Years ago when I started seeing a shrink, I learned that there are ideal conditions by which a child develops in a healthy way, and when those conditions are thwarted, the child’s development gets derailed. Those ideal conditions presuppose that a child grows up with two parents, in a secure environment, and is able to pass unhindered through all the stages of human development – such as learning to crawl/walk, use the potty, resolve the oedipal complex, etc. etc. If all of those transitions are successful, the child will grow into a strong and well-adjusted adult that is able to have healthy relationships and participate fully in life. If not, there will be problems. Of course this may be an oversimplification – I realize, for instance, that it leaves out the question of nature vs. nurture – but basically, it is a pretty solid theory.
Of course none of us grow up in circumstances that completely match the ideal. All sorts of variables can derail us – divorce, addictions, physical or emotional abuse … the list is potentially endless. In other words, all of us get thrown off the track to some degree or other, and all of us need to find a way to get ourselves back on the rails if we want to have a life that works.
For me, psychotherapy was not just about piecing my shattered psyche together and getting my life back on track. It was also an intense education. In learning about myself, I also learned about other people, and in learning about other people, I learned about what motivates them – what motivates us all.
On the whole, this was a good thing. It gave me a degree of compassion and a willingness to empathize. But after a while, I began to take this propensity for analyzing to the extreme. I started trying to find reasons for everything everybody did – especially when people did something to hurt me.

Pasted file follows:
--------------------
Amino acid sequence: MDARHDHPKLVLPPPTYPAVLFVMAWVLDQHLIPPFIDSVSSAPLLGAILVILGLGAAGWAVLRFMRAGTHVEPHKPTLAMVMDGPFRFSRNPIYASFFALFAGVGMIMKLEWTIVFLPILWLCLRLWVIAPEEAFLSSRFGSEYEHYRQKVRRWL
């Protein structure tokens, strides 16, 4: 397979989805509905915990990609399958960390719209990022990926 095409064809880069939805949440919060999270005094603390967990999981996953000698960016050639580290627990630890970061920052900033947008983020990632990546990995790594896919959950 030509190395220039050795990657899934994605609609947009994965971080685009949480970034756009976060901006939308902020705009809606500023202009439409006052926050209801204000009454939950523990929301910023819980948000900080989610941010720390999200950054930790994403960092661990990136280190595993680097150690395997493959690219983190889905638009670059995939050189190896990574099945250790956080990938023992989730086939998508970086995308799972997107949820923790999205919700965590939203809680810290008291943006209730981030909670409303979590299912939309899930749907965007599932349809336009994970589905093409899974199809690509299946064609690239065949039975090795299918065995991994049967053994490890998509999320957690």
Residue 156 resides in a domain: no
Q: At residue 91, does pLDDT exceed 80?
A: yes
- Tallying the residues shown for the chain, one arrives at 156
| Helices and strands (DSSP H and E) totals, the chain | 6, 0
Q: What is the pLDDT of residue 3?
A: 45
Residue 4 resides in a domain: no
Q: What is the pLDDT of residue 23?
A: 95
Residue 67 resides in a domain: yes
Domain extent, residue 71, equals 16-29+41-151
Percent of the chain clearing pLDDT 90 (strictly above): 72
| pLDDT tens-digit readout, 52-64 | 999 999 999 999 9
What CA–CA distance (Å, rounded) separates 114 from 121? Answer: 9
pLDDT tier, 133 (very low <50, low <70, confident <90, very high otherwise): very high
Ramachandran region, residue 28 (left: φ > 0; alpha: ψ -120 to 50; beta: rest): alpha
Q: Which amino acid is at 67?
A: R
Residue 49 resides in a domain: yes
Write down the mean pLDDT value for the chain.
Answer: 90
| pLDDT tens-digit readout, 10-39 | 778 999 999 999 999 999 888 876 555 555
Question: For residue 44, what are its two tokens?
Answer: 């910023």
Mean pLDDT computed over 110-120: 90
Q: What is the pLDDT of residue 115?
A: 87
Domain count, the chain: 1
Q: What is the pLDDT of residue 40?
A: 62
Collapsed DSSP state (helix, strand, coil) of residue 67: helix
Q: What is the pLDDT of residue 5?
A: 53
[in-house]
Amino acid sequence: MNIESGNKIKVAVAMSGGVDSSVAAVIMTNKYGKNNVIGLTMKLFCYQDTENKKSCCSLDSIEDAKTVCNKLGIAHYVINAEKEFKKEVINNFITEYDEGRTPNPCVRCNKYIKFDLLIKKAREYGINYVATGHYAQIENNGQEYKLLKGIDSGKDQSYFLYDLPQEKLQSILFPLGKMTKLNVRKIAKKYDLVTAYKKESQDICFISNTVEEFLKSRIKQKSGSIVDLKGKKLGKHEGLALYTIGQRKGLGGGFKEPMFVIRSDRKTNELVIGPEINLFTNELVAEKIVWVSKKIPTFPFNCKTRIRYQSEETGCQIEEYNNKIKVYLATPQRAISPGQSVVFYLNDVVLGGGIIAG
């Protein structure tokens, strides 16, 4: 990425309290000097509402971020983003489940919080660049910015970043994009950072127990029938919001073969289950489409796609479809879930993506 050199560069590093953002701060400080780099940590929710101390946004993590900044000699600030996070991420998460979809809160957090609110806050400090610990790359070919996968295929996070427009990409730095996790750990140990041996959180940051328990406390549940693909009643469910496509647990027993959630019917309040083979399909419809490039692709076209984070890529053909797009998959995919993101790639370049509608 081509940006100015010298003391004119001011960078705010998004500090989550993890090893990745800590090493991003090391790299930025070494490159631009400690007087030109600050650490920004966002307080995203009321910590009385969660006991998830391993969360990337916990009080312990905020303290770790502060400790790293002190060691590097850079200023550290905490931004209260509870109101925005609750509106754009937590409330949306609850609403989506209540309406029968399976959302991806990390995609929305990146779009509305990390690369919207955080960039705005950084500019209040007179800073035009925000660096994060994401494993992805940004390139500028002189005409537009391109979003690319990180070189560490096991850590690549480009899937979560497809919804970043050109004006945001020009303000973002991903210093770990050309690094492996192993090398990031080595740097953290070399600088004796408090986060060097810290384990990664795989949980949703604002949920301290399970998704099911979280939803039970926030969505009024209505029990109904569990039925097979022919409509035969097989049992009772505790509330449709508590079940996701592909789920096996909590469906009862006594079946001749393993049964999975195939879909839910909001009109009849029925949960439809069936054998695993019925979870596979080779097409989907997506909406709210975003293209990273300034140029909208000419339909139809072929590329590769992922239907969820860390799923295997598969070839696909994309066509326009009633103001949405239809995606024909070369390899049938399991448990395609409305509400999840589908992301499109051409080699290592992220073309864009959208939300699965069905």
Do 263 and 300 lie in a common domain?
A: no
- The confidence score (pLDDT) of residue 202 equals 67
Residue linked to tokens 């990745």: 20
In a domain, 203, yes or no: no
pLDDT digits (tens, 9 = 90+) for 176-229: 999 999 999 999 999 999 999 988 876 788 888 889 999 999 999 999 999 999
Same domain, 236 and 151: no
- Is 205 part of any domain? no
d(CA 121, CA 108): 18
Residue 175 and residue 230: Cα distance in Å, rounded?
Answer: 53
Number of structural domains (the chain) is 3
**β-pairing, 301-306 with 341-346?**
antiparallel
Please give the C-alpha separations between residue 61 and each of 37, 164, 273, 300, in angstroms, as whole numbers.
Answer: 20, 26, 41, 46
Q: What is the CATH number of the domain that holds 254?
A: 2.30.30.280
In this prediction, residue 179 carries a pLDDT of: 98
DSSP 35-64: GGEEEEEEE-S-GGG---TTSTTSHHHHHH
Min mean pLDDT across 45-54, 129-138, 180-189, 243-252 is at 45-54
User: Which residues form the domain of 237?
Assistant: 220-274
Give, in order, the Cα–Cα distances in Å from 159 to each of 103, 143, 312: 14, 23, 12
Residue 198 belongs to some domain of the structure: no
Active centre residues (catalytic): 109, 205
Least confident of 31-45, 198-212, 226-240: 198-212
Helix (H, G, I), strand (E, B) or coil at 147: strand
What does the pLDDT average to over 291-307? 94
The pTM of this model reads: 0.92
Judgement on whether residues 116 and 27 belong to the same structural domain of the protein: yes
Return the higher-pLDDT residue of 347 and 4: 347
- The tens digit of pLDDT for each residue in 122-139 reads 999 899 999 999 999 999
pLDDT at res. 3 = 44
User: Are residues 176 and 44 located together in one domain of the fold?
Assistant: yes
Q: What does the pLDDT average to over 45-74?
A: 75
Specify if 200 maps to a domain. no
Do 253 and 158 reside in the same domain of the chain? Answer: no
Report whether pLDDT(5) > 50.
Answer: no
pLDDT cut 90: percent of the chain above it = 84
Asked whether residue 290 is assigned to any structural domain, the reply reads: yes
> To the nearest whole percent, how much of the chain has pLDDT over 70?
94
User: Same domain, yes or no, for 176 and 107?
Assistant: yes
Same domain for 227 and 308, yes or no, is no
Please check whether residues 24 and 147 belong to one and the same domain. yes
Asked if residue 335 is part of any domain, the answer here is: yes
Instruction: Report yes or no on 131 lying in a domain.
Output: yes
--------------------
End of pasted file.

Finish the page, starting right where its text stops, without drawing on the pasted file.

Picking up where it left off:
Before this, I had done what children instinctively do when something bad happens: I internalized the responsibility. I formed a belief – consciously or unconsciously – that the bizarre and hurtful behavior that was directed at me must be my fault. I must have done something bad, and therefore I must deserve this.
But suddenly I was finding out that it wasn’t because of me, but because of something in the other person’s experience or make-up. In fact, it probably had very little to do with me.
And so a period began in which I tried to understand everything. When my boyfriend cheated on me and I felt devastated, I tried to understand what had made him do it. The same thing went for others in my life who did stuff to hurt me. In hindsight, it was probably a misguided effort to have some kind of control over the situation. After all, if I understood what had caused the hurtful episode, surely I would be able to prevent it from happening again.
Somewhere along the way I stopped all that. I stopped analyzing. It almost scared me when I realized how much time and energy I had expanded trying to figure out another person’s motivations for doing what they did, particularly if their behavior was bizarre and came out of left field.
The simple truth is this: it is very difficult to figure out other people’s motivations, and virtually impossible if they are self-absorbed, abusive, or narcissistic. What is worse: it can be dangerous. You shouldn’t even try to go inside the head of a sick person – it’s as risky as walking alone through a shady neighbourhood at night. It is an area where even the most skilled psychiatrists fear to tread.
Over the years I’ve learned to “live and let live” – to let other people own their shit, and to get on with my own life. Other people’s motivations are their concern. I don’t have to understand what drives them. All I need to do is figure out whether or not their behavior is acceptable to me, and if not, to walk away. At one point I may have doubted that there were healthier relationships out there, and if there were, that they were intended for me. That very doubt may have kept me stuck in a pattern of always attracting unhealthy people. But today I know that there are lots of good and kind people in this world, worthy of my trust. I just need to believe it.
[photo licensed under Creative Commons]